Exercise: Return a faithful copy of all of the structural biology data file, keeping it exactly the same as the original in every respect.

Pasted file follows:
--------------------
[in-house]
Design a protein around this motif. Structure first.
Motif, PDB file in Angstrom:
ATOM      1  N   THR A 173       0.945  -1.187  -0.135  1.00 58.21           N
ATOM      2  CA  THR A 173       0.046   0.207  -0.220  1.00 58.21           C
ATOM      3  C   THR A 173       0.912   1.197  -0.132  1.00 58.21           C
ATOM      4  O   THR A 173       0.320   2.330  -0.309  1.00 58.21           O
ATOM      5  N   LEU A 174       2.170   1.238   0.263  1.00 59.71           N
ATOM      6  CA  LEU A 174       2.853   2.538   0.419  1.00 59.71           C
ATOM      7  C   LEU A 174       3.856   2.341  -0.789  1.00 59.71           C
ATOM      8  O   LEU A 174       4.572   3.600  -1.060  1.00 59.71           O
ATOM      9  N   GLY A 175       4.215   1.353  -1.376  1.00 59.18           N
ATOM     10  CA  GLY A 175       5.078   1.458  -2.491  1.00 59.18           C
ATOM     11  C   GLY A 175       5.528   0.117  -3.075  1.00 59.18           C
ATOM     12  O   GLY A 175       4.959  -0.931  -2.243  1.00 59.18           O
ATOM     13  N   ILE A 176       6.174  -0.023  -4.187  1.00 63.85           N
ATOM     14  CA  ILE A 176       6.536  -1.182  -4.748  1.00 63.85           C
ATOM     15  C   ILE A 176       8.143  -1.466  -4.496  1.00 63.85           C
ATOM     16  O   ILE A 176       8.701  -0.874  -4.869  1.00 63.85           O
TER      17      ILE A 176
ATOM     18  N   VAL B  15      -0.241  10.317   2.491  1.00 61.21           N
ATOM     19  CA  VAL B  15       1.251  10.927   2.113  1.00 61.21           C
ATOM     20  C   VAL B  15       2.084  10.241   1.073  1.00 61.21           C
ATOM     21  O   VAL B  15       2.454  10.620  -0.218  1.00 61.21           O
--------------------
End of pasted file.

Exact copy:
[in-house]
Design a protein around this motif. Structure first.
Motif, PDB file in Angstrom:
ATOM      1  N   THR A 173       0.945  -1.187  -0.135  1.00 58.21           N
ATOM      2  CA  THR A 173       0.046   0.207  -0.220  1.00 58.21           C
ATOM      3  C   THR A 173       0.912   1.197  -0.132  1.00 58.21           C
ATOM      4  O   THR A 173       0.320   2.330  -0.309  1.00 58.21           O
ATOM      5  N   LEU A 174       2.170   1.238   0.263  1.00 59.71           N
ATOM      6  CA  LEU A 174       2.853   2.538   0.419  1.00 59.71           C
ATOM      7  C   LEU A 174       3.856   2.341  -0.789  1.00 59.71           C
ATOM      8  O   LEU A 174       4.572   3.600  -1.060  1.00 59.71           O
ATOM      9  N   GLY A 175       4.215   1.353  -1.376  1.00 59.18           N
ATOM     10  CA  GLY A 175       5.078   1.458  -2.491  1.00 59.18           C
ATOM     11  C   GLY A 175       5.528   0.117  -3.075  1.00 59.18           C
ATOM     12  O   GLY A 175       4.959  -0.931  -2.243  1.00 59.18           O
ATOM     13  N   ILE A 176       6.174  -0.023  -4.187  1.00 63.85           N
ATOM     14  CA  ILE A 176       6.536  -1.182  -4.748  1.00 63.85           C
ATOM     15  C   ILE A 176       8.143  -1.466  -4.496  1.00 63.85           C
ATOM     16  O   ILE A 176       8.701  -0.874  -4.869  1.00 63.85           O
TER      17      ILE A 176
ATOM     18  N   VAL B  15      -0.241  10.317   2.491  1.00 61.21           N
ATOM     19  CA  VAL B  15       1.251  10.927   2.113  1.00 61.21           C
ATOM     20  C   VAL B  15       2.084  10.241   1.073  1.00 61.21           C
ATOM     21  O   VAL B  15       2.454  10.620  -0.218  1.00 61.21           O